It's tough and gritty, but I felt that these were real people dealing with real problems, and I have to say it was an impressive debut for Considine the director. 5 stars.
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2 of 2 people found the following review helpful
4.0 out of 5 stars Dog Rough Debut 5 Jun 2012
Format:DVD|Verified Purchase
I sort of knew that if Paddy Considine made a film it would be like this. Hard drinking gamblers and fighters. Tattooed, benefit dependent thugs with baseball bats and weapon dogs. Random racism and calculated GBH. Neglected children bearing witness to adult trails of dysfunction and destruction. Lost souls reaching for lost souls in a land of the soulless. A funeral, a wake, a coming together. There's no doubt this is a good film. Olivia Colman is just beautiful as the cross-wearing, alcoholic charity shop worker; Eddie Marsan is his usual fathomless, weird-headed menace; and Peter Mullan does admirably what the hard man role asks of him. Paddy was never going to have a musical, or a costume drama or a stab at Shakespeare as his directorial debut so should I be surprised that this is what it is? Probably not. Is art, because it supposedly imitates life, a perpetual re-affirmation of a community of stereotypes? Possibly. And although there's nothing wrong with drawing truth from what you know I could have done with some more shade and colour in the narrative and a little less immersion in the world of the depressed underclass. If that meant an extra fifteen minutes on the length it would have been worth it as I thought the film was a bit too short.

`Tyrannosaur' might bear comparison with Samantha Morton's 2009 directorial debut 'Unloved'. In some ways their directors' biogs are similar - an East Midlands origin, falling into acting through non-traditional routes, working class upbringings - but whereas Moreton's film about a little girl's experience growing up in care is both bleak and beautiful Considine's is just bleak. Despite the stylistic - and gender - differences both films seem to go to similar places; buy both and view them as a pair.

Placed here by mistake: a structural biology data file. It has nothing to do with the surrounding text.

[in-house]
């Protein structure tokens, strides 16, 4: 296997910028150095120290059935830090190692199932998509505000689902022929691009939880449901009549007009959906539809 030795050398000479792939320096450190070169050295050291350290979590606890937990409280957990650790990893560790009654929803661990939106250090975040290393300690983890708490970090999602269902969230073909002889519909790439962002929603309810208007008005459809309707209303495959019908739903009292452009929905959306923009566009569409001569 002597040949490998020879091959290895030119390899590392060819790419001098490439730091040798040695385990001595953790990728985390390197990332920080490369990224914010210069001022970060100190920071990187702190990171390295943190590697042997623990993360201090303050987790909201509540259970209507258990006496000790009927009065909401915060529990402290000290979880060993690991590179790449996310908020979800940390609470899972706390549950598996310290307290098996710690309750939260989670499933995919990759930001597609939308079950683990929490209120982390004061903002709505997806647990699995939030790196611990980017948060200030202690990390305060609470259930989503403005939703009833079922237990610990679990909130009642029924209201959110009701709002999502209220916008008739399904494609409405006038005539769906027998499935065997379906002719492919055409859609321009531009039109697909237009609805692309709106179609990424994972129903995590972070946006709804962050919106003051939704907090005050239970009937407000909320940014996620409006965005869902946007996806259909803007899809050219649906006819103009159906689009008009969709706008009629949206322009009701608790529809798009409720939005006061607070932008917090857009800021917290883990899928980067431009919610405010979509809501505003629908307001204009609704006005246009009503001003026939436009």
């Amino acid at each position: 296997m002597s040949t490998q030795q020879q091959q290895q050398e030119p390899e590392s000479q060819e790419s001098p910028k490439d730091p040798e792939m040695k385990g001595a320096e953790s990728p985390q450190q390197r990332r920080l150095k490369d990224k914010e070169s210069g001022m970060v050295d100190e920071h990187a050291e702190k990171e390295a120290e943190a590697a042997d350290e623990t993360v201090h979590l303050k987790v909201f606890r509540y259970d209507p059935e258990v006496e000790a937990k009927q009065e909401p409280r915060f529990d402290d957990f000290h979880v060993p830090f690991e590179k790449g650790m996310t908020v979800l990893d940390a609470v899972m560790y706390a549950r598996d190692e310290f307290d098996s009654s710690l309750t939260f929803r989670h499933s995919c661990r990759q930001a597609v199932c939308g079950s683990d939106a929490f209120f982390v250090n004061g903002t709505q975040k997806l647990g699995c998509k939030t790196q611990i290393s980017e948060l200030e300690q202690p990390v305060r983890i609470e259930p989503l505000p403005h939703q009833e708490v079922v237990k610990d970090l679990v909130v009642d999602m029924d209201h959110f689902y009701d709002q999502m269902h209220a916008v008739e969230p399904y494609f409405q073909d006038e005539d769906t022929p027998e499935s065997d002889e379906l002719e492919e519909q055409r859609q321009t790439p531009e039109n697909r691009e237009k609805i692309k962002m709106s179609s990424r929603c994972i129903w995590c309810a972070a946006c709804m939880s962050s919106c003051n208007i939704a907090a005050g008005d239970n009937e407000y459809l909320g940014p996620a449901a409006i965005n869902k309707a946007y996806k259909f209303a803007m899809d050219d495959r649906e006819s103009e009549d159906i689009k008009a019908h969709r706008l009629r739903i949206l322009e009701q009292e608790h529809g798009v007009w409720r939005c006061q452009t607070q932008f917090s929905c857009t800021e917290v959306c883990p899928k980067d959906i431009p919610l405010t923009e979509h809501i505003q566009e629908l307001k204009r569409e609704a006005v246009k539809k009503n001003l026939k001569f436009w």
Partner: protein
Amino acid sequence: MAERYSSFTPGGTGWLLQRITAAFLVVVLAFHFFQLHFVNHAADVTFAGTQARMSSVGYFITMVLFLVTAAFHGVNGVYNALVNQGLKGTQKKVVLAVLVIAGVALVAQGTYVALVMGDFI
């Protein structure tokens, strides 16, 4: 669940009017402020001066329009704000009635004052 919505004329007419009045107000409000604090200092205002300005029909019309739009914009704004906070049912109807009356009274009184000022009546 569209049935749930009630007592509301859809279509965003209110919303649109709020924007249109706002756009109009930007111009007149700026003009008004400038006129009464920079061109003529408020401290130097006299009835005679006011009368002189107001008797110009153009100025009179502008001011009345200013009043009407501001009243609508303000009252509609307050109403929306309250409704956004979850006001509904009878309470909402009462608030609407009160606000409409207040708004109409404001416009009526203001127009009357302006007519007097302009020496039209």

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2 of 2 people found the following review helpful
4.0 out of 5 stars A Moving, Difficult To Watch 90mins. 21 Feb 2012
By Mr. B. R. Good VINE VOICE
Format:DVD|Vine Customer Review of Free Product (What's this?)
With a small, talented cast, this film was written and directed by a man who had been under my radar for ages - Paddy Considine. I first discovered him as the lead in Shane Meadows', 'A Room for Romeo Brass'.

The plot in a nutshell: An angry, disturbed alcoholic, alone since the death of his beloved wife roams from dole office to pub in a never ending cycle of aggression and confrontation. He discovers Hannah, a middle class, kind Christian lady, with a secret. She may live on the pleasant side of town but her life is a circle of physical and emotional abuse by her husband.

Tyrannosaur did not immediately capture my interest, however, as a testament to the quality of the writing and production, I reached then end without taking a break once. The story of Joseph a troubled alcoholic played by the excellent Peter Mullan, finds solace in a vulnerable Charity shop worker, played by the popular Olivia Coleman.